: To wet or stain an object completely with some physical quality. (verb)
Examples of word imbue
The animal terms imbue the loved one with the characteristics humans ascribe to each animal.
Since when do mysterious rifts "imbue" magical abilities?
Sitting on the pitch and abandoning your teammates is not the action of a winner, that's not how you 'imbue' a winning culture.
"People had become terribly troubled," he said, trying hard to imbue the word "troubled" with sympathy.
Like the great universities, Oaksterdam seeks to imbue its students with a vision of the world and the zeal to go forth and change it.
Smith describes Mapplethorpe's art thus: "Robert took areas of dark human consent and made them into art... sought to elevate aspects of male experience, to imbue homosexuality with mysticism."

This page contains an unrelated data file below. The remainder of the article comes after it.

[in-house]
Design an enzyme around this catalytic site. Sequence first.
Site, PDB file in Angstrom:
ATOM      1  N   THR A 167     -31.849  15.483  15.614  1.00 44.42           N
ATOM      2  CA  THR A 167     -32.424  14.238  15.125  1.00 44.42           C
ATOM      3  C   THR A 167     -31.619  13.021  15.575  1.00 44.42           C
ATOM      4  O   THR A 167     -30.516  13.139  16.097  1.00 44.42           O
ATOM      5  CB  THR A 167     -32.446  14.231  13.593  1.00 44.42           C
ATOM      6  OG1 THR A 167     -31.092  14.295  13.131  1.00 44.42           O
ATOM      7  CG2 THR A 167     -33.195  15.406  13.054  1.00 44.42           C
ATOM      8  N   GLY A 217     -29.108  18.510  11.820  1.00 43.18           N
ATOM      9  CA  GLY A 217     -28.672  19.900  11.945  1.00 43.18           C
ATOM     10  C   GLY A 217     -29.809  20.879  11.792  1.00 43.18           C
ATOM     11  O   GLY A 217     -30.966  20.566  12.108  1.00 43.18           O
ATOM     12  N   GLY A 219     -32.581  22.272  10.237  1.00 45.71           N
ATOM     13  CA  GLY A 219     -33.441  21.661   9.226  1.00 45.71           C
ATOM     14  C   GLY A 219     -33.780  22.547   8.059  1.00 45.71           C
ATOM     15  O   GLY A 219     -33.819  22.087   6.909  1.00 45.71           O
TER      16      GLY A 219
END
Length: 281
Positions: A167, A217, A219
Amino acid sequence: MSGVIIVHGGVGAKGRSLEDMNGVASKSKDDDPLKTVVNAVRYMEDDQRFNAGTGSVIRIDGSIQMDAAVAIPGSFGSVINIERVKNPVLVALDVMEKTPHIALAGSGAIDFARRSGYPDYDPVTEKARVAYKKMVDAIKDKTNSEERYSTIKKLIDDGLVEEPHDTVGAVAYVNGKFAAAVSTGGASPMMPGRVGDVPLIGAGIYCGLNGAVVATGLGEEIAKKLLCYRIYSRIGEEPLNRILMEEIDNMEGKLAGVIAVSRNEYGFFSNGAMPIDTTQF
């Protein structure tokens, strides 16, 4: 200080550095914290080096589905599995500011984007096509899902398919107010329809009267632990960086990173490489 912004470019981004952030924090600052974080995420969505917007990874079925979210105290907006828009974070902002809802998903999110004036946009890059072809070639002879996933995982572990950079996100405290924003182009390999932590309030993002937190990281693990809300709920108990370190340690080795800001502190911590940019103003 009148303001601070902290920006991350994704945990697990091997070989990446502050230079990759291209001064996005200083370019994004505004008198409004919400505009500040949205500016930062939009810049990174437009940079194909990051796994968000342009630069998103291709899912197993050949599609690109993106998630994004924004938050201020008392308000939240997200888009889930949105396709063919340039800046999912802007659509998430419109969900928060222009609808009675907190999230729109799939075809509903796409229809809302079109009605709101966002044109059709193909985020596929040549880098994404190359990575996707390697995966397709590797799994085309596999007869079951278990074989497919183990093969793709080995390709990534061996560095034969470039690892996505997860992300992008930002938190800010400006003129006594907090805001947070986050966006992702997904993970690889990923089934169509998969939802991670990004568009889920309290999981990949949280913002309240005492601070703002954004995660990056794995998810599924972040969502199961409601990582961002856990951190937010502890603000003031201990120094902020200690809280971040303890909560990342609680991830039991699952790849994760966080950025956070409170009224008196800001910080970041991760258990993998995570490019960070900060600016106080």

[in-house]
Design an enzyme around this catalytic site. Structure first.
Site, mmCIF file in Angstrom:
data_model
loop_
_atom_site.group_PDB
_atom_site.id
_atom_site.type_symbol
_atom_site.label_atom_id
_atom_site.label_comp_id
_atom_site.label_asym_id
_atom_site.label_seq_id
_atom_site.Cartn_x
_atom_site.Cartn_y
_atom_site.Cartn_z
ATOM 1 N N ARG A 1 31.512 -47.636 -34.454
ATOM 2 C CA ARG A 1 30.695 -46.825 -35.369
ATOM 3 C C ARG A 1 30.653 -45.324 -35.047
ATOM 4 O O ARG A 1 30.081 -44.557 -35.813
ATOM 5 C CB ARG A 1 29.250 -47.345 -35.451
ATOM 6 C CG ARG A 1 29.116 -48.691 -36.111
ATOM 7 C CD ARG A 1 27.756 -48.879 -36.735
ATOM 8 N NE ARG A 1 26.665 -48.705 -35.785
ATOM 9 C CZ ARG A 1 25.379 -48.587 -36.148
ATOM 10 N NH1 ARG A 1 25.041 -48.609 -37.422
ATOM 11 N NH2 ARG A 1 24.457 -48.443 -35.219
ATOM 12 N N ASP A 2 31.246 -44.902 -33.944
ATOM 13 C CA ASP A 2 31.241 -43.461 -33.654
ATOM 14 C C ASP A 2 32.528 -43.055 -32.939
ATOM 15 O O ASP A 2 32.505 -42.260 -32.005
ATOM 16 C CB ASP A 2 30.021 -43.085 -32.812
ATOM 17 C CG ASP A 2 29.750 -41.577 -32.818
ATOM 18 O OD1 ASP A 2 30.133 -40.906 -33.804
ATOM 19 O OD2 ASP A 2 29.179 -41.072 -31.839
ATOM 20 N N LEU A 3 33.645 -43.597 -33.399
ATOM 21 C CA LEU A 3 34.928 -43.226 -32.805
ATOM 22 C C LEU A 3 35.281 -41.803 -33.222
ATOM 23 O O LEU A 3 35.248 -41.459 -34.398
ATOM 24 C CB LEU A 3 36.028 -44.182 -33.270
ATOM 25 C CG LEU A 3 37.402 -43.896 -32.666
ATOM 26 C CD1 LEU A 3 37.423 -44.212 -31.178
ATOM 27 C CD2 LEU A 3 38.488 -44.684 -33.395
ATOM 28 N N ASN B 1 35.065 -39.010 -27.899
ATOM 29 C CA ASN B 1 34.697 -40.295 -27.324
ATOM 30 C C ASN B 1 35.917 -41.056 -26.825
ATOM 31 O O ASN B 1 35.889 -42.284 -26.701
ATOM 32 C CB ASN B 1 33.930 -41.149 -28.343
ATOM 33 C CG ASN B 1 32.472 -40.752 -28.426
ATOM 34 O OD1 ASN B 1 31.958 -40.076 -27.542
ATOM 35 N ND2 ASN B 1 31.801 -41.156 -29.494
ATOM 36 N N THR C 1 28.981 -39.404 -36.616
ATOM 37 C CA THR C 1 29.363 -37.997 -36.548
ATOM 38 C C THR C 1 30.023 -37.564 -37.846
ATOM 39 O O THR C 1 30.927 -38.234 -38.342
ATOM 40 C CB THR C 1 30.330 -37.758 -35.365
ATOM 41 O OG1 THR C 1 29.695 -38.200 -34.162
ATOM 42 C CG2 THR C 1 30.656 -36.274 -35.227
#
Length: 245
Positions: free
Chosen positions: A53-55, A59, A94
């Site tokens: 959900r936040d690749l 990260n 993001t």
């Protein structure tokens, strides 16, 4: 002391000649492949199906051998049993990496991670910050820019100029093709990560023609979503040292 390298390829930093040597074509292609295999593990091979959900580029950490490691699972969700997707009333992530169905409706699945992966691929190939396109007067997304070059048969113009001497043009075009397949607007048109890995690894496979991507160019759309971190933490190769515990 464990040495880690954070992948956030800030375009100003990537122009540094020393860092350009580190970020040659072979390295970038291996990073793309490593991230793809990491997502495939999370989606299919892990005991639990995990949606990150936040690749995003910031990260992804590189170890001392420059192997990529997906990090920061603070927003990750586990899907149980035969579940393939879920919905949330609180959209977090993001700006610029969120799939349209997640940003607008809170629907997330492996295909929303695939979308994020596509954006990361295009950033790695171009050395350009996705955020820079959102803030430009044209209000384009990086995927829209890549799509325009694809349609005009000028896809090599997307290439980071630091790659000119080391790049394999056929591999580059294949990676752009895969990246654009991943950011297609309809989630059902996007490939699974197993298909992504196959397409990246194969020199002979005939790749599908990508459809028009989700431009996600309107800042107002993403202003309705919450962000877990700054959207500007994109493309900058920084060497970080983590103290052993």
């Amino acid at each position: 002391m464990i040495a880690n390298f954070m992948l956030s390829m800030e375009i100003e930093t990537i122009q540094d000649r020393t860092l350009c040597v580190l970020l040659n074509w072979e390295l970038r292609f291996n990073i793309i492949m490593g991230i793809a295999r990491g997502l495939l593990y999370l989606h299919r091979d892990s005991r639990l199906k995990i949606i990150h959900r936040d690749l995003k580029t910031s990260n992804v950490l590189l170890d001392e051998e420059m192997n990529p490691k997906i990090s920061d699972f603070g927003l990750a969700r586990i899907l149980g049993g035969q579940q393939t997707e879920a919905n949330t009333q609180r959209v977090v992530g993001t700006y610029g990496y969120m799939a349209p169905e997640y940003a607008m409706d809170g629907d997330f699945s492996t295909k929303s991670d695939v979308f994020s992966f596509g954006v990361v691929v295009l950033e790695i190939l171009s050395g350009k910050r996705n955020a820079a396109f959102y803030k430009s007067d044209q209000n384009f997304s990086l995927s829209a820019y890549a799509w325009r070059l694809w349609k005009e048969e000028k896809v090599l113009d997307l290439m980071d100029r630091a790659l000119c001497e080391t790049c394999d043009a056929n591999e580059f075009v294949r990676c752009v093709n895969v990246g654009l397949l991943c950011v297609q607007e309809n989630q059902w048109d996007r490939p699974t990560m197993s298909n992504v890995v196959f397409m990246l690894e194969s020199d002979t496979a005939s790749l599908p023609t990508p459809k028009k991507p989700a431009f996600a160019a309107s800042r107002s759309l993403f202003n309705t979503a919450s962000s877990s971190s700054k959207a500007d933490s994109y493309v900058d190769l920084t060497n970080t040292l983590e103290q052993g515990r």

Her tone is more silver than gold, but she knows how to subtly imbue a phrase with feeling, when to color the violin sound to reflect changes in the character of a piece, and when to simply let the music speak for itself.
But if Montgomerie can imbue his 12 players with the focused serenity that settled over him whenever he pulled out a club on Europe's behalf, Celtic Manor could become the scene of the triumph that seals his legend.